“I must tell you that my body is curious about everything and I: I am body.”
I came across this quote in 2006 and have held onto it like a compass for when I am lost in existential questions. It reminds me to not forget my body when confronted by topics I don’t understand. It captures the engine I feel in me when I dance in the studio and it captures the essence of what I want to ignite in others when I teach.
This type of physical curiosity drove our work when we gathered in Rotterdam at Dance for Health in March 2018. For this meetings of experts, we had two aims: to further experiment with a variety of approaches to dancing with movement disorders and to cultivate a reflection process that could capture the knowledge and impact as we uncovered it. We were a mixed group with a range of backgrounds. Some were dealing with movement disorders. Some not. Some had decades of dance experiences. Some none. But all of us possessed an expertise developed either through training and profession or via the first-hand experience of dealing with a movement disorder. Dance was our platform for questioning and experimentation and the studio was our space for research. We were all the subjects of our own research.
Very often when dance encounters the scientific community, the conversation quickly turns towards measurements. There is an interest on all sides to prove that what we are doing is having an impact. But what we are discovering is that the scientific models of measurement often don’t fully recognize what is happening during the dance sessions, particularly regarding what is deemed “successful” and why. As communities formed around people dancing with movement disorders has flourished worldwide, so has a community interested in changing the research behavior regarding the “measurement” of their work. From Glasgow to Tel Aviv to London to Rotterdam, in the last several months a flexible working group has begun to take shape. Through both a physical and theoretical practice, we are developing new strategies to analyze, articulate and further feed our work.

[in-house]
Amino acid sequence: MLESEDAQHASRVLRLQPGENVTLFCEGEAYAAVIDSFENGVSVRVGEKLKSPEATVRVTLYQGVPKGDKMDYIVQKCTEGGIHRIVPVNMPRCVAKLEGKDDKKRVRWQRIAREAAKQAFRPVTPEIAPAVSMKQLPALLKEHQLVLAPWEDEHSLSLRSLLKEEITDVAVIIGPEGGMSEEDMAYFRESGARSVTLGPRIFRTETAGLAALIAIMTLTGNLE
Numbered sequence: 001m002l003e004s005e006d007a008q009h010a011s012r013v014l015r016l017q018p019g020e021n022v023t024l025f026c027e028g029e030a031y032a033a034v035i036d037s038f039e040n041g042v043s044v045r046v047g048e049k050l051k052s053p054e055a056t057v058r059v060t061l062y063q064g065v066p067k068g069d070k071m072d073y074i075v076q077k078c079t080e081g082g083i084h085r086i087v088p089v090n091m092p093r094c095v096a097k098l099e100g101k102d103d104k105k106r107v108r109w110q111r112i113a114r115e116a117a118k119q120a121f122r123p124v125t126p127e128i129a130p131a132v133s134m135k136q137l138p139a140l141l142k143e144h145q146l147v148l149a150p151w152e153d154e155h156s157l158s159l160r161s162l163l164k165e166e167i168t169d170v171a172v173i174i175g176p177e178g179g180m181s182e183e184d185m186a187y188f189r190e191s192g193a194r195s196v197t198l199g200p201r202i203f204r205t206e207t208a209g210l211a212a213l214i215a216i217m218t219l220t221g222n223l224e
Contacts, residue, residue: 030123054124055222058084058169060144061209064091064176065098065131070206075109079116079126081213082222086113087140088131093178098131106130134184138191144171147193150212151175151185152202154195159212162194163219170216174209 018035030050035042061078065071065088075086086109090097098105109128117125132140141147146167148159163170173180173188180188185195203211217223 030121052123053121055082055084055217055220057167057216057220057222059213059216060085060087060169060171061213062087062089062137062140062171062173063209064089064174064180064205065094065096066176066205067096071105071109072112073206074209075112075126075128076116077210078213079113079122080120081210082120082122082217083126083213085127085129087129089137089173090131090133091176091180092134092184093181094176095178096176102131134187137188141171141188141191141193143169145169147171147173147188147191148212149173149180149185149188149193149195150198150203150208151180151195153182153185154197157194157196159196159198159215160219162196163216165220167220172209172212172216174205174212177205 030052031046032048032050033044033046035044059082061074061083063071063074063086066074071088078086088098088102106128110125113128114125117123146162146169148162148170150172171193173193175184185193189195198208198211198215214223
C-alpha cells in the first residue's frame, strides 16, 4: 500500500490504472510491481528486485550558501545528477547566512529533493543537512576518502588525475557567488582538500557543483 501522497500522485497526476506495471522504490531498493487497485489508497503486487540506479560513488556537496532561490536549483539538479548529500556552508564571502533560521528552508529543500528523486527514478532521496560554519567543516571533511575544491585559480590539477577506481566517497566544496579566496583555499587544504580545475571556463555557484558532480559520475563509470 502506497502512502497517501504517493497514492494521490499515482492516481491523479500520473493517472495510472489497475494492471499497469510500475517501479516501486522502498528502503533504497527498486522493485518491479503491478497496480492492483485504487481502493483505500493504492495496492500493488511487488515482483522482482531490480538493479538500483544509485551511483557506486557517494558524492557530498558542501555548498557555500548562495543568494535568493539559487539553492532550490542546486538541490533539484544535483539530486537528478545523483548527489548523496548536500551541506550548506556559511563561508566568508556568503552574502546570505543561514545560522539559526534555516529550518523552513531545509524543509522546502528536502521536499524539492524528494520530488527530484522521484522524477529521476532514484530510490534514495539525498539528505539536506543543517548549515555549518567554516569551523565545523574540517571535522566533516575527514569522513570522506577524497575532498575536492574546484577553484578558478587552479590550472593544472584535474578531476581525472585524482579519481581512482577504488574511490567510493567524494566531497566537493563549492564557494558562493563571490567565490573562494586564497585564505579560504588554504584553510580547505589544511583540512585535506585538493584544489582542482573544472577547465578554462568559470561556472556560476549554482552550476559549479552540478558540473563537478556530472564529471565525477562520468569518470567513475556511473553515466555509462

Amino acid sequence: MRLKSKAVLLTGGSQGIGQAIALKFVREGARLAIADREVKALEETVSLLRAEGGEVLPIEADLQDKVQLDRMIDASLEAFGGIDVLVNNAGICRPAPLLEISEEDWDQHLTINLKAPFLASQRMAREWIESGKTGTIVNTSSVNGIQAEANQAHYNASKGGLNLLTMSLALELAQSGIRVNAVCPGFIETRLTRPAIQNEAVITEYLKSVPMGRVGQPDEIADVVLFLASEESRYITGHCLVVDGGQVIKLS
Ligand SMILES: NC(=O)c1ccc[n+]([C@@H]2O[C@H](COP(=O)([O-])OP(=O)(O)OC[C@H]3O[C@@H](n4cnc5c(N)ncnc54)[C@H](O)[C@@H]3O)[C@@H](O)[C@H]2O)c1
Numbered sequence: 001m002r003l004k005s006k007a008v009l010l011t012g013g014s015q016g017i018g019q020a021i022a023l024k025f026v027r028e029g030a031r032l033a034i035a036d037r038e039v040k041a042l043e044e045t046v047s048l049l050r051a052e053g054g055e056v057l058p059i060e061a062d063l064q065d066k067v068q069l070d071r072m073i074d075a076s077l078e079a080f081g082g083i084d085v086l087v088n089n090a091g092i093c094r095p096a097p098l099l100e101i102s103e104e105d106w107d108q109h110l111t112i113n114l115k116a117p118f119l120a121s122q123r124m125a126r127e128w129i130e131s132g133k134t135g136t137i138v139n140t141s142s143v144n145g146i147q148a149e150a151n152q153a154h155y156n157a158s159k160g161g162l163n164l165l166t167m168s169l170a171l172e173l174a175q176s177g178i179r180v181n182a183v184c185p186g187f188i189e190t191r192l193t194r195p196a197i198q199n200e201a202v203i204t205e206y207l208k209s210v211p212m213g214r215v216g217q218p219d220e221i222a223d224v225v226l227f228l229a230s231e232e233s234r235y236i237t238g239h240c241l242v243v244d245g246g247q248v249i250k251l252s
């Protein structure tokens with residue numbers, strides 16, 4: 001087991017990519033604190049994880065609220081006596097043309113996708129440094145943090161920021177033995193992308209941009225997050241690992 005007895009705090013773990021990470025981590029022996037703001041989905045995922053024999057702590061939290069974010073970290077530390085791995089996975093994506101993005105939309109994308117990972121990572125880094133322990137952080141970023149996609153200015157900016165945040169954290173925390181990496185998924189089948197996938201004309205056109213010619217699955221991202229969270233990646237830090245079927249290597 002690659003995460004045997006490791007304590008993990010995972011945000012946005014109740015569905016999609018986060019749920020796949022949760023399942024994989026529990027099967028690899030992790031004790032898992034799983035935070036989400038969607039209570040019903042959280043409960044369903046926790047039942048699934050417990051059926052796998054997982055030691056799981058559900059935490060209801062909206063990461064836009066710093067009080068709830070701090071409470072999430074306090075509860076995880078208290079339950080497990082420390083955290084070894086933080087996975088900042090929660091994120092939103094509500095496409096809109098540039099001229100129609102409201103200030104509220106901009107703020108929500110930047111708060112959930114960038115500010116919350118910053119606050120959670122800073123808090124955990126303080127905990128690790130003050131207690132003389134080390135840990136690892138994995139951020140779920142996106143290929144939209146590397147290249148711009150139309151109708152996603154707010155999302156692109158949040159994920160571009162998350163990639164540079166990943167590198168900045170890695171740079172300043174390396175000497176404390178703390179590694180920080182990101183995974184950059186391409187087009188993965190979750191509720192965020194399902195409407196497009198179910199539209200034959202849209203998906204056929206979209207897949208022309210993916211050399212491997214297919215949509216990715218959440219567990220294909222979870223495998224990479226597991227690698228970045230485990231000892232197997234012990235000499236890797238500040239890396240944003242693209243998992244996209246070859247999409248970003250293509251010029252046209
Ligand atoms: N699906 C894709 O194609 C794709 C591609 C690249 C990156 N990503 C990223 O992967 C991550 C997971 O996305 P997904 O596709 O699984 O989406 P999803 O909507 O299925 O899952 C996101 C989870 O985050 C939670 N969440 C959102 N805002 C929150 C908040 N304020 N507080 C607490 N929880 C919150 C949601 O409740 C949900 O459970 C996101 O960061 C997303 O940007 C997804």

A portion of that work has oriented around a collection of themes identified in ongoing work sessions, such as embodiment, transformation, agency, and freedom. For the context in Rotterdam, we chose the headline of self-efficacy (confidence in the ability to exert control over one’s own motivation, behavior and social environment, as explained by psychologist Albert Bandura) as a frame to investigate the impact of dance for people dealing with movement disorders. A key theme that arose often was the importance of offering choice making within the dance experience as a way to foster confidence and empowerment. This showed up most often through a variety of improvisation and movement scores and various approaches to real-time composition.
For my contribution within this research weekend, I decided to return to an approach of creating scores that was developed during our project Störung/Hafra’ah. In the year long project, choreographer Clint Lutes began a process of creating movement scores for the Parkinson’s dance group and then he and choreographer Gary Joplin extended the idea to have the participants themselves create the tasks for the scores. During the weekend workshop in Rotterdam, I was inspired by a description that Marc Vlemmix gave about how he sometimes cues himself into movement. He described how he has better success in moving down to the ground, for example, if he thinks about his shoulder moving to his hip rather than telling himself to move to the ground. Since cueing is such a big topic in dance for Parkinson’s classes, I thought to bring back the score work to experiment with people writing their own movement cues as a way to activate a dialog with one’s own body.